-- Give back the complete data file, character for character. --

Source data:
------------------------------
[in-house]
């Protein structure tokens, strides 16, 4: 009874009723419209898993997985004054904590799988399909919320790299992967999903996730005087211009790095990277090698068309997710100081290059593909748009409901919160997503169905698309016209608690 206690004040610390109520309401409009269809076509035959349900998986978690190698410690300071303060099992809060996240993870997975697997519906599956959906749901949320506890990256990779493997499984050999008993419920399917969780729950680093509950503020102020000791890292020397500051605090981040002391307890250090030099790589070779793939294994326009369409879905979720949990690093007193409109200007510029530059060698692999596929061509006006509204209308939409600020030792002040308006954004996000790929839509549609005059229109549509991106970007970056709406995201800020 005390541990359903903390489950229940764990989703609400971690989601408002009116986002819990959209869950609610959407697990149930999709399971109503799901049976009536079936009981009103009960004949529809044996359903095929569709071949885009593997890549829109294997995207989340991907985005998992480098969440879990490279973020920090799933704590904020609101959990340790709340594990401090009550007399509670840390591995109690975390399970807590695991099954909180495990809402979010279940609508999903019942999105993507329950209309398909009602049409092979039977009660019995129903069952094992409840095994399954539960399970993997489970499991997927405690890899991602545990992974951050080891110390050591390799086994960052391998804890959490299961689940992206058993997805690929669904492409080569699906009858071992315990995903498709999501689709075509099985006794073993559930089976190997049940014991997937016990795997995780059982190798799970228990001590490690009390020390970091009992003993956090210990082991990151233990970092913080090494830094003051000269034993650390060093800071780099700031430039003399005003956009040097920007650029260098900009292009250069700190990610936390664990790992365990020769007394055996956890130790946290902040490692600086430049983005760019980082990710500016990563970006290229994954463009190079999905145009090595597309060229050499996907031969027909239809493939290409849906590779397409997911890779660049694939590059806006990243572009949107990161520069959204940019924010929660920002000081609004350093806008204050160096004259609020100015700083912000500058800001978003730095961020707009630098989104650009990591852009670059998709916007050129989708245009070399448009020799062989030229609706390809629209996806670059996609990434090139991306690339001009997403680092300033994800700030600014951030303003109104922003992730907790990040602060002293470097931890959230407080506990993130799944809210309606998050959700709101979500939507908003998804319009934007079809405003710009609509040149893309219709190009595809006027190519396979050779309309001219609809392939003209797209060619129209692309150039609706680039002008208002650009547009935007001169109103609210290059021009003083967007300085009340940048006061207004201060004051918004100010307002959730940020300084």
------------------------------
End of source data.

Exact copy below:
[in-house]
């Protein structure tokens, strides 16, 4: 009874009723419209898993997985004054904590799988399909919320790299992967999903996730005087211009790095990277090698068309997710100081290059593909748009409901919160997503169905698309016209608690 206690004040610390109520309401409009269809076509035959349900998986978690190698410690300071303060099992809060996240993870997975697997519906599956959906749901949320506890990256990779493997499984050999008993419920399917969780729950680093509950503020102020000791890292020397500051605090981040002391307890250090030099790589070779793939294994326009369409879905979720949990690093007193409109200007510029530059060698692999596929061509006006509204209308939409600020030792002040308006954004996000790929839509549609005059229109549509991106970007970056709406995201800020 005390541990359903903390489950229940764990989703609400971690989601408002009116986002819990959209869950609610959407697990149930999709399971109503799901049976009536079936009981009103009960004949529809044996359903095929569709071949885009593997890549829109294997995207989340991907985005998992480098969440879990490279973020920090799933704590904020609101959990340790709340594990401090009550007399509670840390591995109690975390399970807590695991099954909180495990809402979010279940609508999903019942999105993507329950209309398909009602049409092979039977009660019995129903069952094992409840095994399954539960399970993997489970499991997927405690890899991602545990992974951050080891110390050591390799086994960052391998804890959490299961689940992206058993997805690929669904492409080569699906009858071992315990995903498709999501689709075509099985006794073993559930089976190997049940014991997937016990795997995780059982190798799970228990001590490690009390020390970091009992003993956090210990082991990151233990970092913080090494830094003051000269034993650390060093800071780099700031430039003399005003956009040097920007650029260098900009292009250069700190990610936390664990790992365990020769007394055996956890130790946290902040490692600086430049983005760019980082990710500016990563970006290229994954463009190079999905145009090595597309060229050499996907031969027909239809493939290409849906590779397409997911890779660049694939590059806006990243572009949107990161520069959204940019924010929660920002000081609004350093806008204050160096004259609020100015700083912000500058800001978003730095961020707009630098989104650009990591852009670059998709916007050129989708245009070399448009020799062989030229609706390809629209996806670059996609990434090139991306690339001009997403680092300033994800700030600014951030303003109104922003992730907790990040602060002293470097931890959230407080506990993130799944809210309606998050959700709101979500939507908003998804319009934007079809405003710009609509040149893309219709190009595809006027190519396979050779309309001219609809392939003209797209060619129209692309150039609706680039002008208002650009547009935007001169109103609210290059021009003083967007300085009340940048006061207004201060004051918004100010307002959730940020300084």